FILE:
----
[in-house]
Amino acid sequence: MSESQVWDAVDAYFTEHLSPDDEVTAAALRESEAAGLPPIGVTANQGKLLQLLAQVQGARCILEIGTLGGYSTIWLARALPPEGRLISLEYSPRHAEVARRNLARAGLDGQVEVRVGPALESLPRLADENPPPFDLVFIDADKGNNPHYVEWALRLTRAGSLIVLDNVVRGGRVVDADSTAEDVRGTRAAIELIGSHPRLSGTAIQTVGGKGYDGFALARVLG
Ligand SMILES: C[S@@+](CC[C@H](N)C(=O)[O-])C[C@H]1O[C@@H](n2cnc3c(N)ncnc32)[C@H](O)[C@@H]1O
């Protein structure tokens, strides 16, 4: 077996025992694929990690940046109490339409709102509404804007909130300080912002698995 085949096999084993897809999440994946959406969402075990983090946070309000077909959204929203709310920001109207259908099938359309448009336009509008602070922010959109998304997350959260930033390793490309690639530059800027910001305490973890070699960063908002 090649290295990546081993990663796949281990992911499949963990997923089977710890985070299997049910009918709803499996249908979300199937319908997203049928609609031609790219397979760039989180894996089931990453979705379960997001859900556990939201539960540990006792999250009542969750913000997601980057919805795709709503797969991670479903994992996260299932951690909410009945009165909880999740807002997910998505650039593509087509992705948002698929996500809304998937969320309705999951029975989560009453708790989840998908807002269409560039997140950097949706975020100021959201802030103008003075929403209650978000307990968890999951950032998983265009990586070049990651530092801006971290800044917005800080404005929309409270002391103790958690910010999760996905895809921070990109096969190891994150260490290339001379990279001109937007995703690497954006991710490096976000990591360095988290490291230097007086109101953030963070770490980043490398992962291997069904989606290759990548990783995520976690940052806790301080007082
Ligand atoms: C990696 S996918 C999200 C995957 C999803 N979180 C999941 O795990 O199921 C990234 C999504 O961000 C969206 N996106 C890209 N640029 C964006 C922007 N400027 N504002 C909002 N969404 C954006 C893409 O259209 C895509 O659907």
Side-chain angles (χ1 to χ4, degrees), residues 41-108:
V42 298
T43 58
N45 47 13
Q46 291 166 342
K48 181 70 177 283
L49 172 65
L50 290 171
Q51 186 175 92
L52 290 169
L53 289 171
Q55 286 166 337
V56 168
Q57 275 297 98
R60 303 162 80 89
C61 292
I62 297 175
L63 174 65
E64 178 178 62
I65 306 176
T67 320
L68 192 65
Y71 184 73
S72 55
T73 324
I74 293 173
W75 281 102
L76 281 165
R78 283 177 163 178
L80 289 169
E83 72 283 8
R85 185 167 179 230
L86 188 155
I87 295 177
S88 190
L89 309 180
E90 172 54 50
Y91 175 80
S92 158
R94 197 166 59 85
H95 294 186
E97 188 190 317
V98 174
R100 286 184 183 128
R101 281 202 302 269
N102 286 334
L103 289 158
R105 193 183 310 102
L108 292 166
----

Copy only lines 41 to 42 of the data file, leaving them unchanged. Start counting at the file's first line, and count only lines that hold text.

L89 309 180
E90 172 54 50